Wednesday, October 13, 2010

BDFIJLRTU, or, One-Letter Book Titles

My unsolicited email (not quite "spam" I suppose since I did buy something from the company once) was uncannily on-point today. The web site ABE books sent me a link to this page of theirs celebrating one-letter book titles. Their occasion for this is that one of the works just shortlisted for the Booker prize is C by Tom McCarthy. So they list twenty others, plus some near-misses.

As it happens, I had some time ago stumbled upon John Burkardt's list of one-letter book titles, and quite enjoyed it -- I even suggested a few new ones, and Mr. Burkardt was kind enough to mention my name. I wonder if ABE's spam searchbots saw that? Or is it just coincidence? (I actually suspect the latter).

Not surprisingly, the 21-title list of ABE books and the 23-title list of John Burkardt are pretty similar. By my count, ABE caught only one book that Burkardt missed (the recent C) while Burkardt found three that ABE didn't (two earlier C's, plus Leacock's Q).

Merging these, I present for posterity (or spambots) the following list of 24 26 one-letter titles:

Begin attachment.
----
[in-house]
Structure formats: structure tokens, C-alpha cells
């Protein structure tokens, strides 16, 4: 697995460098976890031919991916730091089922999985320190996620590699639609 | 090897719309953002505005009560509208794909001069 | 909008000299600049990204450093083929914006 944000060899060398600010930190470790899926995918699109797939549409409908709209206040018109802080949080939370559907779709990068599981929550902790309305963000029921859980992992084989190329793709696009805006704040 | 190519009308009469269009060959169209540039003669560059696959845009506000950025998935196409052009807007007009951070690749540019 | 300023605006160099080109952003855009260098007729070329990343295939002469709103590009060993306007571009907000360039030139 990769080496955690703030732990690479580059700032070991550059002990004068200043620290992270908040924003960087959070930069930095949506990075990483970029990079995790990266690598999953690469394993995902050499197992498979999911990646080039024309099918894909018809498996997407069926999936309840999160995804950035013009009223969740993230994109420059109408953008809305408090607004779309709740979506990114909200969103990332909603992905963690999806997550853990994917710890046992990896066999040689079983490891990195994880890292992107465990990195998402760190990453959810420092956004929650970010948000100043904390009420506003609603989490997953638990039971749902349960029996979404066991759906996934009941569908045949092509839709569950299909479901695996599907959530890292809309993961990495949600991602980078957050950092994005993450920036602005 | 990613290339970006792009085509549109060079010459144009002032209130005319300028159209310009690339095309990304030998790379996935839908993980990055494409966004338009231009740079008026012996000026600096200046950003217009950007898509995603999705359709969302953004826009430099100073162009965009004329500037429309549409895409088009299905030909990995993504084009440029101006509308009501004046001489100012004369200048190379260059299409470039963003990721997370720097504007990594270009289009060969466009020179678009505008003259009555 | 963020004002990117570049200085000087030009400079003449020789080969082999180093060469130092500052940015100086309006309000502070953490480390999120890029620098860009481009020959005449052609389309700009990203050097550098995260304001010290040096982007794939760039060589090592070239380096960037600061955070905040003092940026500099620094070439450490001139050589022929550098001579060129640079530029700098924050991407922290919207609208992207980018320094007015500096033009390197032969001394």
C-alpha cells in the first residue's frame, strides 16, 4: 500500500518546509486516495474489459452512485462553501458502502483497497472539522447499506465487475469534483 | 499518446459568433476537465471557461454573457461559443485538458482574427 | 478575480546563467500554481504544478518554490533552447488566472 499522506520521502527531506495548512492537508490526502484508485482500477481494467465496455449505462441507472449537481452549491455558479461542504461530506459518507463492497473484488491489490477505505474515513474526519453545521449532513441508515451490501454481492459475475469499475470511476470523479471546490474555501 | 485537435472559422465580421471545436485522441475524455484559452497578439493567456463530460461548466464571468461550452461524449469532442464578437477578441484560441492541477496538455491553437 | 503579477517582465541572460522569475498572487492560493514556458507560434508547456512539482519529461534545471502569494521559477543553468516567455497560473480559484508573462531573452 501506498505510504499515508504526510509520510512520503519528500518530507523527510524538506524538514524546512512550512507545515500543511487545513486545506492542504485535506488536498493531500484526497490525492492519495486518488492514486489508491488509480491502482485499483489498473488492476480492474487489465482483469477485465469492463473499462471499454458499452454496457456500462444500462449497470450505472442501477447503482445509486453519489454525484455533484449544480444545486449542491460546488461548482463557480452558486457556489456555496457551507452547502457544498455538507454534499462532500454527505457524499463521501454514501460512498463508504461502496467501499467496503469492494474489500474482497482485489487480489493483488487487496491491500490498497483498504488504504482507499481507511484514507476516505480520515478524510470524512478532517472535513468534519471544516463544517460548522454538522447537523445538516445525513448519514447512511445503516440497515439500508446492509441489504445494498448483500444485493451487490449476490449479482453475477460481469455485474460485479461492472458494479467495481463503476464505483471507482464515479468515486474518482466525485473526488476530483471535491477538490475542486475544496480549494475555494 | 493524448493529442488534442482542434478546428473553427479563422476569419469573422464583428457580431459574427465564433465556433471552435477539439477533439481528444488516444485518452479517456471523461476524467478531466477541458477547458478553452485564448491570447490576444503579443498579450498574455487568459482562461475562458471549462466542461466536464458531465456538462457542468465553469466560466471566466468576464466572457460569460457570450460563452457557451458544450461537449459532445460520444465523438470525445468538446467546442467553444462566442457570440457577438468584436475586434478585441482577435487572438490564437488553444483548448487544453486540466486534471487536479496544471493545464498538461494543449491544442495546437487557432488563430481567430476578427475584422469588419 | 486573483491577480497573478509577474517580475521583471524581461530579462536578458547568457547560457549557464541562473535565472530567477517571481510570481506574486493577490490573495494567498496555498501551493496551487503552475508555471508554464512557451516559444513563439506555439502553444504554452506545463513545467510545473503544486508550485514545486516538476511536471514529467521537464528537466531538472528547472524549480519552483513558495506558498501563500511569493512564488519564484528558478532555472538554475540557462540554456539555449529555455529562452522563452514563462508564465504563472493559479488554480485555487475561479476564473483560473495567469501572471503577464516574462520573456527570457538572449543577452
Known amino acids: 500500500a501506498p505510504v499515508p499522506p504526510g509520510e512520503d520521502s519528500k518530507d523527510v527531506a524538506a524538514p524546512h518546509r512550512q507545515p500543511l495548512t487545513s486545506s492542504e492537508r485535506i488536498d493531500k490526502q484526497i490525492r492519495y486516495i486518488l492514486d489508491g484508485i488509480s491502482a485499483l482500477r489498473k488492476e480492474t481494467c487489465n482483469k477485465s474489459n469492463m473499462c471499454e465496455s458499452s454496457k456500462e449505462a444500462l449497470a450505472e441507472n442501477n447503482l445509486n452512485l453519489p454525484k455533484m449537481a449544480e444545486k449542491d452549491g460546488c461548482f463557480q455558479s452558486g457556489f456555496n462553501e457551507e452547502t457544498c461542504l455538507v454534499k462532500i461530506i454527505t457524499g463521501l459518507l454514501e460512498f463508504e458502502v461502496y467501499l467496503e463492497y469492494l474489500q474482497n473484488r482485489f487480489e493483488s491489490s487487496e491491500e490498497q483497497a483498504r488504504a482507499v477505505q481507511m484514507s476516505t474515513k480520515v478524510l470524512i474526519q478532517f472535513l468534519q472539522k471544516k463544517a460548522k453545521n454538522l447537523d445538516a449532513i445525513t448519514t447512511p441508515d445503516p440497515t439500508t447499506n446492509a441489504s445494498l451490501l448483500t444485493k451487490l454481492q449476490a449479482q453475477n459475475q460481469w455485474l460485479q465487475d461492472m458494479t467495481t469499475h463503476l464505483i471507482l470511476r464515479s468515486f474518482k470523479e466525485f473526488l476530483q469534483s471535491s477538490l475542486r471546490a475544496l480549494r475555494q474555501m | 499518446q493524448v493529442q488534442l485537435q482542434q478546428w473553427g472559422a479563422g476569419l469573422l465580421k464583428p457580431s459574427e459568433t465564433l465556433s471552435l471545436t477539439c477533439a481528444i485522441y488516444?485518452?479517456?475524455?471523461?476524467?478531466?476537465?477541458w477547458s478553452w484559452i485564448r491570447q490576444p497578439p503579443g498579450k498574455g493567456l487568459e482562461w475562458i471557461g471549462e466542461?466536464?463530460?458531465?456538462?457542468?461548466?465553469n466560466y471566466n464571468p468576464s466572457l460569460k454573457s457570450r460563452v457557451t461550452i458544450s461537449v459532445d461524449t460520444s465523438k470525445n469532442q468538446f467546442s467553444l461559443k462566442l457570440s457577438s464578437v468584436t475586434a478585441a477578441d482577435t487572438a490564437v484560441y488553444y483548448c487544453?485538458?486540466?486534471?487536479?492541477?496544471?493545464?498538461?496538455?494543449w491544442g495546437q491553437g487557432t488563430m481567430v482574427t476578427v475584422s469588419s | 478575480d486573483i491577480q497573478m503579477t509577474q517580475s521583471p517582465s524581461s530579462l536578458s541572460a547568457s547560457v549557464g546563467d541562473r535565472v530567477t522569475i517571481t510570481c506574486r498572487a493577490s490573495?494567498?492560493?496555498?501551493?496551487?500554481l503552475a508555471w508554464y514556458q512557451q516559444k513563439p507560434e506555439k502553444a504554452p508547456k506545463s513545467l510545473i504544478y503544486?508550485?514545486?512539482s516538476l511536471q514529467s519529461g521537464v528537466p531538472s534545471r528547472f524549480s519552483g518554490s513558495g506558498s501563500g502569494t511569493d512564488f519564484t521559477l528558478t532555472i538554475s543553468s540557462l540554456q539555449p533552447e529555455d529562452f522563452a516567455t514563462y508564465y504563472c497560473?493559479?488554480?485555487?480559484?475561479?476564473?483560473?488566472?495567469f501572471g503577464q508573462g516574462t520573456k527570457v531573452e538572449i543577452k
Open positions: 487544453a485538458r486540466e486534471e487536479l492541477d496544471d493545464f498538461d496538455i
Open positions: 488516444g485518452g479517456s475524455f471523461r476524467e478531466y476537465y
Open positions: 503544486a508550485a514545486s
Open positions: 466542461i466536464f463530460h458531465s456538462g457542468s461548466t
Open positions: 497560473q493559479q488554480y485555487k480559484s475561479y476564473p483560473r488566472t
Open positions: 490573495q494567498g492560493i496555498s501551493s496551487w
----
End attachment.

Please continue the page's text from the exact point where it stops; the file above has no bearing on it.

• a, Andy Warhol
  • C, Maurice Baring
  • "C", Anthony Cave Brown
  • C, Tom McCarthy
  • c, Thomas Sowell
  • E, Matt Beaumont
  • F: Hu Feng's Prison Years,  Mei Zhi
  • F, Daniel Kehlmann
  • G, John Berger
  • H, Elizabeth Shepard
  • H., Lin Haire-Sargeant
  • J, Howard Jacobson
  • K, Mary Roberts Rinehart
  • K., Ronald Hayman
  • M, John Sack
  • N, Louis Edwards
  • O, Omari Grandberry
  • P, Andrew Lewis Conn
  • Q, Luther Blissett
  • Q, Stephen Leacock
  • S, Harry Mathews et. al.*
  • S., John Updike
  • V, Thomas Pynchon
  • W, or the Memory of Childhood, Georges Perec
  • X, Sue Coe
  • Y: the Last Man, Brian Vaughn et al.
  • Z, Vassily Vassilikos
Subtitles are included only for the Perec, the Zhi and the Vaughn, although more have them (often "a novel" if nothing else), but in each case the one-letter title is clear, at least to my mind (and, it seems, to others').